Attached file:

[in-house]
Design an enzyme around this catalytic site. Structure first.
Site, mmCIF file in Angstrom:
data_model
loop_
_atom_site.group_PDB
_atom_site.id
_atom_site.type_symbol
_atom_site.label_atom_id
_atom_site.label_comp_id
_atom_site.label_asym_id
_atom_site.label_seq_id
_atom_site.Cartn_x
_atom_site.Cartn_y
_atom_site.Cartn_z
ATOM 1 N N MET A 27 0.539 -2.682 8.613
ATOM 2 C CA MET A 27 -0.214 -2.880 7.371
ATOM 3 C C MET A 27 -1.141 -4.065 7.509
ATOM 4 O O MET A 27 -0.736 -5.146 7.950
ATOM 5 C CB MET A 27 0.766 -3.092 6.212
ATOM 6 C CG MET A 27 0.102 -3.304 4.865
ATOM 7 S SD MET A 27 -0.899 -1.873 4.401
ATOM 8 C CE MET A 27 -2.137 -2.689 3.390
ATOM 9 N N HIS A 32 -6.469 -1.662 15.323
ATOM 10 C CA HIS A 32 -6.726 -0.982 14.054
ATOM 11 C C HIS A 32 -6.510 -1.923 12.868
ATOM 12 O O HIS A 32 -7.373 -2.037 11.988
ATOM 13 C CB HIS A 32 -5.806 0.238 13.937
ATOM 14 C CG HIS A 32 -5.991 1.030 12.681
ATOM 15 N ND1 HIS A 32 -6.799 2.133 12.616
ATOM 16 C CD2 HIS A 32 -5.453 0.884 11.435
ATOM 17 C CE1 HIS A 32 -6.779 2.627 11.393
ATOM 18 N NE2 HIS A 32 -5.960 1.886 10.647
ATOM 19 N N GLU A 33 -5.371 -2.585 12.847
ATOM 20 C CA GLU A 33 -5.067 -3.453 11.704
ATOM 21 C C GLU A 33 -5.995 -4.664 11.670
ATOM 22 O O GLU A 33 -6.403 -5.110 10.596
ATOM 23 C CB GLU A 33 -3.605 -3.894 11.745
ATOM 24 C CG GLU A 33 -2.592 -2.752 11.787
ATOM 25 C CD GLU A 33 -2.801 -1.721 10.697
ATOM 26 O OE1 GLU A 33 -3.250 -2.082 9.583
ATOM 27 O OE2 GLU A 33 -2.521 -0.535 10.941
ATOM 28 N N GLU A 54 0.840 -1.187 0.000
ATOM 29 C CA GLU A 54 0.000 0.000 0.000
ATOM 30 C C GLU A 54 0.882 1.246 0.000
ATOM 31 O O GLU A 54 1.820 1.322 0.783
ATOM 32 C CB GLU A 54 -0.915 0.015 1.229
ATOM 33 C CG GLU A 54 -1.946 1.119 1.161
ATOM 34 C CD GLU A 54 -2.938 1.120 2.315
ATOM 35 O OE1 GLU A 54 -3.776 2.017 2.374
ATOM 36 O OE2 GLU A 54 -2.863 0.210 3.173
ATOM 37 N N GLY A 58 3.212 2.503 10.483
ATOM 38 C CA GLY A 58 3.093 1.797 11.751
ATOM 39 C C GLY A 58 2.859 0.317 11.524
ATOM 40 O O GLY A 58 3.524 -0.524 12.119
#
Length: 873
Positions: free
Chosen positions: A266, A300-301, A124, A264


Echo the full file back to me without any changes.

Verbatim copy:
[in-house]
Design an enzyme around this catalytic site. Structure first.
Site, mmCIF file in Angstrom:
data_model
loop_
_atom_site.group_PDB
_atom_site.id
_atom_site.type_symbol
_atom_site.label_atom_id
_atom_site.label_comp_id
_atom_site.label_asym_id
_atom_site.label_seq_id
_atom_site.Cartn_x
_atom_site.Cartn_y
_atom_site.Cartn_z
ATOM 1 N N MET A 27 0.539 -2.682 8.613
ATOM 2 C CA MET A 27 -0.214 -2.880 7.371
ATOM 3 C C MET A 27 -1.141 -4.065 7.509
ATOM 4 O O MET A 27 -0.736 -5.146 7.950
ATOM 5 C CB MET A 27 0.766 -3.092 6.212
ATOM 6 C CG MET A 27 0.102 -3.304 4.865
ATOM 7 S SD MET A 27 -0.899 -1.873 4.401
ATOM 8 C CE MET A 27 -2.137 -2.689 3.390
ATOM 9 N N HIS A 32 -6.469 -1.662 15.323
ATOM 10 C CA HIS A 32 -6.726 -0.982 14.054
ATOM 11 C C HIS A 32 -6.510 -1.923 12.868
ATOM 12 O O HIS A 32 -7.373 -2.037 11.988
ATOM 13 C CB HIS A 32 -5.806 0.238 13.937
ATOM 14 C CG HIS A 32 -5.991 1.030 12.681
ATOM 15 N ND1 HIS A 32 -6.799 2.133 12.616
ATOM 16 C CD2 HIS A 32 -5.453 0.884 11.435
ATOM 17 C CE1 HIS A 32 -6.779 2.627 11.393
ATOM 18 N NE2 HIS A 32 -5.960 1.886 10.647
ATOM 19 N N GLU A 33 -5.371 -2.585 12.847
ATOM 20 C CA GLU A 33 -5.067 -3.453 11.704
ATOM 21 C C GLU A 33 -5.995 -4.664 11.670
ATOM 22 O O GLU A 33 -6.403 -5.110 10.596
ATOM 23 C CB GLU A 33 -3.605 -3.894 11.745
ATOM 24 C CG GLU A 33 -2.592 -2.752 11.787
ATOM 25 C CD GLU A 33 -2.801 -1.721 10.697
ATOM 26 O OE1 GLU A 33 -3.250 -2.082 9.583
ATOM 27 O OE2 GLU A 33 -2.521 -0.535 10.941
ATOM 28 N N GLU A 54 0.840 -1.187 0.000
ATOM 29 C CA GLU A 54 0.000 0.000 0.000
ATOM 30 C C GLU A 54 0.882 1.246 0.000
ATOM 31 O O GLU A 54 1.820 1.322 0.783
ATOM 32 C CB GLU A 54 -0.915 0.015 1.229
ATOM 33 C CG GLU A 54 -1.946 1.119 1.161
ATOM 34 C CD GLU A 54 -2.938 1.120 2.315
ATOM 35 O OE1 GLU A 54 -3.776 2.017 2.374
ATOM 36 O OE2 GLU A 54 -2.863 0.210 3.173
ATOM 37 N N GLY A 58 3.212 2.503 10.483
ATOM 38 C CA GLY A 58 3.093 1.797 11.751
ATOM 39 C C GLY A 58 2.859 0.317 11.524
ATOM 40 O O GLY A 58 3.524 -0.524 12.119
#
Length: 873
Positions: free
Chosen positions: A266, A300-301, A124, A264